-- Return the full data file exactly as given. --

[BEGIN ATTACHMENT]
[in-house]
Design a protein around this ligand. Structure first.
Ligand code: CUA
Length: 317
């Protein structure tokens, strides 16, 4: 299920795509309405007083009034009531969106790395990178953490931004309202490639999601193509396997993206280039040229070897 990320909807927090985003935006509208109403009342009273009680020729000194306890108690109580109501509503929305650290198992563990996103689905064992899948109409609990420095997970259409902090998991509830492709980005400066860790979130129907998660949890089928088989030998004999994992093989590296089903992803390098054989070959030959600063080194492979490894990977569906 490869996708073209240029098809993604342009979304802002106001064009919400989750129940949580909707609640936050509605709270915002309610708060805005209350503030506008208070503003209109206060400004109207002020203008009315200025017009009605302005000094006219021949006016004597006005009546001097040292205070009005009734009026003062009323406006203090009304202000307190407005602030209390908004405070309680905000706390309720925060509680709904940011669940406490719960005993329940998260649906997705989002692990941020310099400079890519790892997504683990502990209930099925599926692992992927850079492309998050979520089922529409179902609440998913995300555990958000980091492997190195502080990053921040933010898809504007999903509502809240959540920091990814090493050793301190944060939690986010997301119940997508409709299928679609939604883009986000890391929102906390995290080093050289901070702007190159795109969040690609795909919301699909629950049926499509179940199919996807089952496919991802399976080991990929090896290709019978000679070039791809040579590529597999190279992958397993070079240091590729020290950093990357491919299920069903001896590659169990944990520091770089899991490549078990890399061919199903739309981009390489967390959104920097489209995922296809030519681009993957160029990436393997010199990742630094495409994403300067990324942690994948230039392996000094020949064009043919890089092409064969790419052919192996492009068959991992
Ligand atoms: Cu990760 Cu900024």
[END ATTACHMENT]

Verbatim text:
[in-house]
Design a protein around this ligand. Structure first.
Ligand code: CUA
Length: 317
């Protein structure tokens, strides 16, 4: 299920795509309405007083009034009531969106790395990178953490931004309202490639999601193509396997993206280039040229070897 990320909807927090985003935006509208109403009342009273009680020729000194306890108690109580109501509503929305650290198992563990996103689905064992899948109409609990420095997970259409902090998991509830492709980005400066860790979130129907998660949890089928088989030998004999994992093989590296089903992803390098054989070959030959600063080194492979490894990977569906 490869996708073209240029098809993604342009979304802002106001064009919400989750129940949580909707609640936050509605709270915002309610708060805005209350503030506008208070503003209109206060400004109207002020203008009315200025017009009605302005000094006219021949006016004597006005009546001097040292205070009005009734009026003062009323406006203090009304202000307190407005602030209390908004405070309680905000706390309720925060509680709904940011669940406490719960005993329940998260649906997705989002692990941020310099400079890519790892997504683990502990209930099925599926692992992927850079492309998050979520089922529409179902609440998913995300555990958000980091492997190195502080990053921040933010898809504007999903509502809240959540920091990814090493050793301190944060939690986010997301119940997508409709299928679609939604883009986000890391929102906390995290080093050289901070702007190159795109969040690609795909919301699909629950049926499509179940199919996807089952496919991802399976080991990929090896290709019978000679070039791809040579590529597999190279992958397993070079240091590729020290950093990357491919299920069903001896590659169990944990520091770089899991490549078990890399061919199903739309981009390489967390959104920097489209995922296809030519681009993957160029990436393997010199990742630094495409994403300067990324942690994948230039392996000094020949064009043919890089092409064969790419052919192996492009068959991992
Ligand atoms: Cu990760 Cu900024």